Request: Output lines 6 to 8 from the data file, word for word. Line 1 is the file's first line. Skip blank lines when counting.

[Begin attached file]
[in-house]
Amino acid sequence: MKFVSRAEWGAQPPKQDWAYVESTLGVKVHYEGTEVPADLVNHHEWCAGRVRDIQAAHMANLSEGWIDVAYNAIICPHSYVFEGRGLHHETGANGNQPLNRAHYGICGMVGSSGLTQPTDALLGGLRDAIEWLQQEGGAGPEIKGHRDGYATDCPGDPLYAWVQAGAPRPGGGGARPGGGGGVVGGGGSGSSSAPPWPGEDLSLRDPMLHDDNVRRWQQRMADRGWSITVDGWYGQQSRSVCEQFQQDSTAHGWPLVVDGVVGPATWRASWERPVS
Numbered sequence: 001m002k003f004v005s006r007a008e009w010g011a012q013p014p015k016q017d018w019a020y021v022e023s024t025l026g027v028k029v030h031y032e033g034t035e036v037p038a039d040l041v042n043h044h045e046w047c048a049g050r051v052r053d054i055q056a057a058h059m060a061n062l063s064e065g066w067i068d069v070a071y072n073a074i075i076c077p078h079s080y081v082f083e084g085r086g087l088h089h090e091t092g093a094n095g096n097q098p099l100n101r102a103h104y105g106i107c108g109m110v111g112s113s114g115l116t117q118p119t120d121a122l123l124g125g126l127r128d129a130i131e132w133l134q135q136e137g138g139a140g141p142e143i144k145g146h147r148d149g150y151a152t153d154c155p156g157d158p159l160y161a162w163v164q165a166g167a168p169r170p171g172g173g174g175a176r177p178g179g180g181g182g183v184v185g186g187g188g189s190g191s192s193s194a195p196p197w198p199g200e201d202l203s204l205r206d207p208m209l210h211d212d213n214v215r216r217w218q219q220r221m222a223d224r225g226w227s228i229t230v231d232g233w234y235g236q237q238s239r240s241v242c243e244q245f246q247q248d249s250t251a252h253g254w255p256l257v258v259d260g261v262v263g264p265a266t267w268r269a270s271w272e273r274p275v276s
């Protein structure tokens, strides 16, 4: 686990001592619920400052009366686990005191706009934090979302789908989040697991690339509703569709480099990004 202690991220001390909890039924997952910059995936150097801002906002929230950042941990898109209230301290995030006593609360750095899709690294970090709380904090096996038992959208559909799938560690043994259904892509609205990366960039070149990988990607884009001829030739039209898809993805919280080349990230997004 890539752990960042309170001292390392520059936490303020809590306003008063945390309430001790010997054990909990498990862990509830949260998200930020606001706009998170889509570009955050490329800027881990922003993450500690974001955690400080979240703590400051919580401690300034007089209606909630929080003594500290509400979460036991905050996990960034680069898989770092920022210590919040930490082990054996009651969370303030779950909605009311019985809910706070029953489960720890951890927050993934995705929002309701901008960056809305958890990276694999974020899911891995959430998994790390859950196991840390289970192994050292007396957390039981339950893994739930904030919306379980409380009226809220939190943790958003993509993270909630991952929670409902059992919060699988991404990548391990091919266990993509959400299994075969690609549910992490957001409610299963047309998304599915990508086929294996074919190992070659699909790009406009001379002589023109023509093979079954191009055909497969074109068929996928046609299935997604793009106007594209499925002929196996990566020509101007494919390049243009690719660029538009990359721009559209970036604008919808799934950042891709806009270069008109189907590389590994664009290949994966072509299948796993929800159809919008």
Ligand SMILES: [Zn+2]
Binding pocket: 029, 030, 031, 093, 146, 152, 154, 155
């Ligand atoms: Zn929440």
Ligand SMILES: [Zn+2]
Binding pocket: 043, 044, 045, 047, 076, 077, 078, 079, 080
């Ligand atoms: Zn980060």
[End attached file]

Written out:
Binding pocket: 029, 030, 031, 093, 146, 152, 154, 155
């Ligand atoms: Zn929440």
Ligand SMILES: [Zn+2]